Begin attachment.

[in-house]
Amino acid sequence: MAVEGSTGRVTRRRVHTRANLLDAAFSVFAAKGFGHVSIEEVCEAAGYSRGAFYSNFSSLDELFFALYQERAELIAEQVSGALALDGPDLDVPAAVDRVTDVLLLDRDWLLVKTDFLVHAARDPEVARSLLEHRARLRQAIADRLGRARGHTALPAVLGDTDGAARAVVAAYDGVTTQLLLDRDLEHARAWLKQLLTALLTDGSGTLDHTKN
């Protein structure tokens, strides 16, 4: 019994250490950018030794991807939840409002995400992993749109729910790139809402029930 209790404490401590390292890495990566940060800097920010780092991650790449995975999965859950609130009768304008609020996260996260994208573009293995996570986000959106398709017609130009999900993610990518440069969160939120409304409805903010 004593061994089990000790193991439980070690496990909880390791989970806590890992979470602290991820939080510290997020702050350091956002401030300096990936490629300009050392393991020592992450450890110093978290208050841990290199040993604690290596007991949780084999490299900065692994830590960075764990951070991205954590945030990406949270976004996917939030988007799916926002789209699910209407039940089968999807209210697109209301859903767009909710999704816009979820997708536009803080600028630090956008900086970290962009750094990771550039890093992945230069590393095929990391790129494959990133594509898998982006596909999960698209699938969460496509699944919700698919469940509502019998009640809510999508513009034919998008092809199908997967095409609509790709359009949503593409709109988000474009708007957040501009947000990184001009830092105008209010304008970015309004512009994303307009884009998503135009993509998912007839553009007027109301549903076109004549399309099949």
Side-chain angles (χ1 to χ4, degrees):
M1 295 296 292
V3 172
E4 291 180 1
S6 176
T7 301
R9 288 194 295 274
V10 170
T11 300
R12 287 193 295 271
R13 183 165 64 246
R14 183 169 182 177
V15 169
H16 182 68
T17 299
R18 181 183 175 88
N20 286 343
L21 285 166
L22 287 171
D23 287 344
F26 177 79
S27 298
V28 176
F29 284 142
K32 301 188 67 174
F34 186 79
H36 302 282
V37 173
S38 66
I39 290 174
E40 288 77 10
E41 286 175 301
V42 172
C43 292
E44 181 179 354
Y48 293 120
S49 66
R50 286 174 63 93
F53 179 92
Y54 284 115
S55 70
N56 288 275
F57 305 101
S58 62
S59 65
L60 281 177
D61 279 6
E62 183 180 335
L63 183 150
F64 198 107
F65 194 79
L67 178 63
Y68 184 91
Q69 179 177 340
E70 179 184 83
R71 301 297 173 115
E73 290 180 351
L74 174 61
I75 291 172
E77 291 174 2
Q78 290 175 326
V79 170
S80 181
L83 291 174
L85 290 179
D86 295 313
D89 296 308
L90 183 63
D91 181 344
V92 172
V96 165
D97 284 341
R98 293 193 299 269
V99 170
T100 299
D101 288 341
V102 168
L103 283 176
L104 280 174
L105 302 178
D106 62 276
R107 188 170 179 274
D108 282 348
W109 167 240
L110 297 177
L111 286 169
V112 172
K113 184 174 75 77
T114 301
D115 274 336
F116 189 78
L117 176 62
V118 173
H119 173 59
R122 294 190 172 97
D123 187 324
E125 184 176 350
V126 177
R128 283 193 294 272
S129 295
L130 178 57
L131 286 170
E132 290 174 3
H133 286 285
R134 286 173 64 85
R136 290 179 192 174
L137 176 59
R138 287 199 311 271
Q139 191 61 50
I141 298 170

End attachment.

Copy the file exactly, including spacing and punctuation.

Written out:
[in-house]
Amino acid sequence: MAVEGSTGRVTRRRVHTRANLLDAAFSVFAAKGFGHVSIEEVCEAAGYSRGAFYSNFSSLDELFFALYQERAELIAEQVSGALALDGPDLDVPAAVDRVTDVLLLDRDWLLVKTDFLVHAARDPEVARSLLEHRARLRQAIADRLGRARGHTALPAVLGDTDGAARAVVAAYDGVTTQLLLDRDLEHARAWLKQLLTALLTDGSGTLDHTKN
């Protein structure tokens, strides 16, 4: 019994250490950018030794991807939840409002995400992993749109729910790139809402029930 209790404490401590390292890495990566940060800097920010780092991650790449995975999965859950609130009768304008609020996260996260994208573009293995996570986000959106398709017609130009999900993610990518440069969160939120409304409805903010 004593061994089990000790193991439980070690496990909880390791989970806590890992979470602290991820939080510290997020702050350091956002401030300096990936490629300009050392393991020592992450450890110093978290208050841990290199040993604690290596007991949780084999490299900065692994830590960075764990951070991205954590945030990406949270976004996917939030988007799916926002789209699910209407039940089968999807209210697109209301859903767009909710999704816009979820997708536009803080600028630090956008900086970290962009750094990771550039890093992945230069590393095929990391790129494959990133594509898998982006596909999960698209699938969460496509699944919700698919469940509502019998009640809510999508513009034919998008092809199908997967095409609509790709359009949503593409709109988000474009708007957040501009947000990184001009830092105008209010304008970015309004512009994303307009884009998503135009993509998912007839553009007027109301549903076109004549399309099949």
Side-chain angles (χ1 to χ4, degrees):
M1 295 296 292
V3 172
E4 291 180 1
S6 176
T7 301
R9 288 194 295 274
V10 170
T11 300
R12 287 193 295 271
R13 183 165 64 246
R14 183 169 182 177
V15 169
H16 182 68
T17 299
R18 181 183 175 88
N20 286 343
L21 285 166
L22 287 171
D23 287 344
F26 177 79
S27 298
V28 176
F29 284 142
K32 301 188 67 174
F34 186 79
H36 302 282
V37 173
S38 66
I39 290 174
E40 288 77 10
E41 286 175 301
V42 172
C43 292
E44 181 179 354
Y48 293 120
S49 66
R50 286 174 63 93
F53 179 92
Y54 284 115
S55 70
N56 288 275
F57 305 101
S58 62
S59 65
L60 281 177
D61 279 6
E62 183 180 335
L63 183 150
F64 198 107
F65 194 79
L67 178 63
Y68 184 91
Q69 179 177 340
E70 179 184 83
R71 301 297 173 115
E73 290 180 351
L74 174 61
I75 291 172
E77 291 174 2
Q78 290 175 326
V79 170
S80 181
L83 291 174
L85 290 179
D86 295 313
D89 296 308
L90 183 63
D91 181 344
V92 172
V96 165
D97 284 341
R98 293 193 299 269
V99 170
T100 299
D101 288 341
V102 168
L103 283 176
L104 280 174
L105 302 178
D106 62 276
R107 188 170 179 274
D108 282 348
W109 167 240
L110 297 177
L111 286 169
V112 172
K113 184 174 75 77
T114 301
D115 274 336
F116 189 78
L117 176 62
V118 173
H119 173 59
R122 294 190 172 97
D123 187 324
E125 184 176 350
V126 177
R128 283 193 294 272
S129 295
L130 178 57
L131 286 170
E132 290 174 3
H133 286 285
R134 286 173 64 85
R136 290 179 192 174
L137 176 59
R138 287 199 311 271
Q139 191 61 50
I141 298 170